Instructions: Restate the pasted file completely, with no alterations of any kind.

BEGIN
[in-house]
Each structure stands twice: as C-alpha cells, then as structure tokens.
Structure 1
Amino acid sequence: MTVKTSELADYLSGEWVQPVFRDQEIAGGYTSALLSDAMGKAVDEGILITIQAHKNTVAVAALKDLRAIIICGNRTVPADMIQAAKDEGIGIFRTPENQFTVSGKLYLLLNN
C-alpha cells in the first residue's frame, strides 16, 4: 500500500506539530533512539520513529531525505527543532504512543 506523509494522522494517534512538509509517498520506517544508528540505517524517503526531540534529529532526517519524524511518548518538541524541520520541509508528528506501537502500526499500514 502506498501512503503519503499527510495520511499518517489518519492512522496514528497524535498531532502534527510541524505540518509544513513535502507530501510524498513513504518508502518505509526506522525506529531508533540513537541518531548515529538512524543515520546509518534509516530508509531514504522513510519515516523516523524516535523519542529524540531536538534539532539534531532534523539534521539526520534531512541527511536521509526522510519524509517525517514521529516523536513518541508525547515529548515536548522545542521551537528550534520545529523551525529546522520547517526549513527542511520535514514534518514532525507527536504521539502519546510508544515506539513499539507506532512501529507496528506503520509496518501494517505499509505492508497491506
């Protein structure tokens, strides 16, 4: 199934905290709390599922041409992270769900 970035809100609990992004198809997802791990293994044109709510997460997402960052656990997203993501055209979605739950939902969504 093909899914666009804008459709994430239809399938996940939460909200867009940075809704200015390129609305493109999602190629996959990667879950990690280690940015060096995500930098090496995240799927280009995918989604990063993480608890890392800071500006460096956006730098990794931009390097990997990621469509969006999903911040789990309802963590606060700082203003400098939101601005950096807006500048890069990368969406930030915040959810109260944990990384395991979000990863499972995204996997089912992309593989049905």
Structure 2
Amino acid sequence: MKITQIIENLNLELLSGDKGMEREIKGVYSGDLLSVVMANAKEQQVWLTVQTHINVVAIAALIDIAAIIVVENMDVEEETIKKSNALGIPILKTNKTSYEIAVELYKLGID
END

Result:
[in-house]
Each structure stands twice: as C-alpha cells, then as structure tokens.
Structure 1
Amino acid sequence: MTVKTSELADYLSGEWVQPVFRDQEIAGGYTSALLSDAMGKAVDEGILITIQAHKNTVAVAALKDLRAIIICGNRTVPADMIQAAKDEGIGIFRTPENQFTVSGKLYLLLNN
C-alpha cells in the first residue's frame, strides 16, 4: 500500500506539530533512539520513529531525505527543532504512543 506523509494522522494517534512538509509517498520506517544508528540505517524517503526531540534529529532526517519524524511518548518538541524541520520541509508528528506501537502500526499500514 502506498501512503503519503499527510495520511499518517489518519492512522496514528497524535498531532502534527510541524505540518509544513513535502507530501510524498513513504518508502518505509526506522525506529531508533540513537541518531548515529538512524543515520546509518534509516530508509531514504522513510519515516523516523524516535523519542529524540531536538534539532539534531532534523539534521539526520534531512541527511536521509526522510519524509517525517514521529516523536513518541508525547515529548515536548522545542521551537528550534520545529523551525529546522520547517526549513527542511520535514514534518514532525507527536504521539502519546510508544515506539513499539507506532512501529507496528506503520509496518501494517505499509505492508497491506
């Protein structure tokens, strides 16, 4: 199934905290709390599922041409992270769900 970035809100609990992004198809997802791990293994044109709510997460997402960052656990997203993501055209979605739950939902969504 093909899914666009804008459709994430239809399938996940939460909200867009940075809704200015390129609305493109999602190629996959990667879950990690280690940015060096995500930098090496995240799927280009995918989604990063993480608890890392800071500006460096956006730098990794931009390097990997990621469509969006999903911040789990309802963590606060700082203003400098939101601005950096807006500048890069990368969406930030915040959810109260944990990384395991979000990863499972995204996997089912992309593989049905």
Structure 2
Amino acid sequence: MKITQIIENLNLELLSGDKGMEREIKGVYSGDLLSVVMANAKEQQVWLTVQTHINVVAIAALIDIAAIIVVENMDVEEETIKKSNALGIPILKTNKTSYEIAVELYKLGID